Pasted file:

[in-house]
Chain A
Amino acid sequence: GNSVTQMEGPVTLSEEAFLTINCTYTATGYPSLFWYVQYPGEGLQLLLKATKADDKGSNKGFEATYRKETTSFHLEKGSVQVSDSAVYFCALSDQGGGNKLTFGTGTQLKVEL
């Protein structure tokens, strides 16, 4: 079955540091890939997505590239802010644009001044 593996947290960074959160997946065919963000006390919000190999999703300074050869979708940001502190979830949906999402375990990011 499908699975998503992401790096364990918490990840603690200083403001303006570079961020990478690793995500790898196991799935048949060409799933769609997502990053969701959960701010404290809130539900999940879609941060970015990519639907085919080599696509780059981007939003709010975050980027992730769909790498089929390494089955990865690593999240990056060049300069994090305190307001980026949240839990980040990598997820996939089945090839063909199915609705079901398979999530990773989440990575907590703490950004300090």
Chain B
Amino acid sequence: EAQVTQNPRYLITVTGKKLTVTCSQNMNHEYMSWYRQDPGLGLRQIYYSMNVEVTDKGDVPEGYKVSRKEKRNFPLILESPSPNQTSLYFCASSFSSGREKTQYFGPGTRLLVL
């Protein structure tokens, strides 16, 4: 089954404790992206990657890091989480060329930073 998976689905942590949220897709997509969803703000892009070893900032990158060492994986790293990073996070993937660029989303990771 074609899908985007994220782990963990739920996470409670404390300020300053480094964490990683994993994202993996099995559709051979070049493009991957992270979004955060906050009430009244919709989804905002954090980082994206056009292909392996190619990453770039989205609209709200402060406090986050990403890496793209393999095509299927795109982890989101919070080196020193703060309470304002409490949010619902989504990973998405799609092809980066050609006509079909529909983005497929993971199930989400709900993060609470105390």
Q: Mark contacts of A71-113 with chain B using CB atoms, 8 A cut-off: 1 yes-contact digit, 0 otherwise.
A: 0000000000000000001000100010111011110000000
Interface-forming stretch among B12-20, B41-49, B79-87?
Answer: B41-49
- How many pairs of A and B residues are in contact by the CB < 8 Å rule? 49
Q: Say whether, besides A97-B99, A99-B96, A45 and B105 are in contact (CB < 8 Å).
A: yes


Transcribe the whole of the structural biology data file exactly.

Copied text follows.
[in-house]
Chain A
Amino acid sequence: GNSVTQMEGPVTLSEEAFLTINCTYTATGYPSLFWYVQYPGEGLQLLLKATKADDKGSNKGFEATYRKETTSFHLEKGSVQVSDSAVYFCALSDQGGGNKLTFGTGTQLKVEL
């Protein structure tokens, strides 16, 4: 079955540091890939997505590239802010644009001044 593996947290960074959160997946065919963000006390919000190999999703300074050869979708940001502190979830949906999402375990990011 499908699975998503992401790096364990918490990840603690200083403001303006570079961020990478690793995500790898196991799935048949060409799933769609997502990053969701959960701010404290809130539900999940879609941060970015990519639907085919080599696509780059981007939003709010975050980027992730769909790498089929390494089955990865690593999240990056060049300069994090305190307001980026949240839990980040990598997820996939089945090839063909199915609705079901398979999530990773989440990575907590703490950004300090």
Chain B
Amino acid sequence: EAQVTQNPRYLITVTGKKLTVTCSQNMNHEYMSWYRQDPGLGLRQIYYSMNVEVTDKGDVPEGYKVSRKEKRNFPLILESPSPNQTSLYFCASSFSSGREKTQYFGPGTRLLVL
């Protein structure tokens, strides 16, 4: 089954404790992206990657890091989480060329930073 998976689905942590949220897709997509969803703000892009070893900032990158060492994986790293990073996070993937660029989303990771 074609899908985007994220782990963990739920996470409670404390300020300053480094964490990683994993994202993996099995559709051979070049493009991957992270979004955060906050009430009244919709989804905002954090980082994206056009292909392996190619990453770039989205609209709200402060406090986050990403890496793209393999095509299927795109982890989101919070080196020193703060309470304002409490949010619902989504990973998405799609092809980066050609006509079909529909983005497929993971199930989400709900993060609470105390």
Q: Mark contacts of A71-113 with chain B using CB atoms, 8 A cut-off: 1 yes-contact digit, 0 otherwise.
A: 0000000000000000001000100010111011110000000
Interface-forming stretch among B12-20, B41-49, B79-87?
Answer: B41-49
- How many pairs of A and B residues are in contact by the CB < 8 Å rule? 49
Q: Say whether, besides A97-B99, A99-B96, A45 and B105 are in contact (CB < 8 Å).
A: yes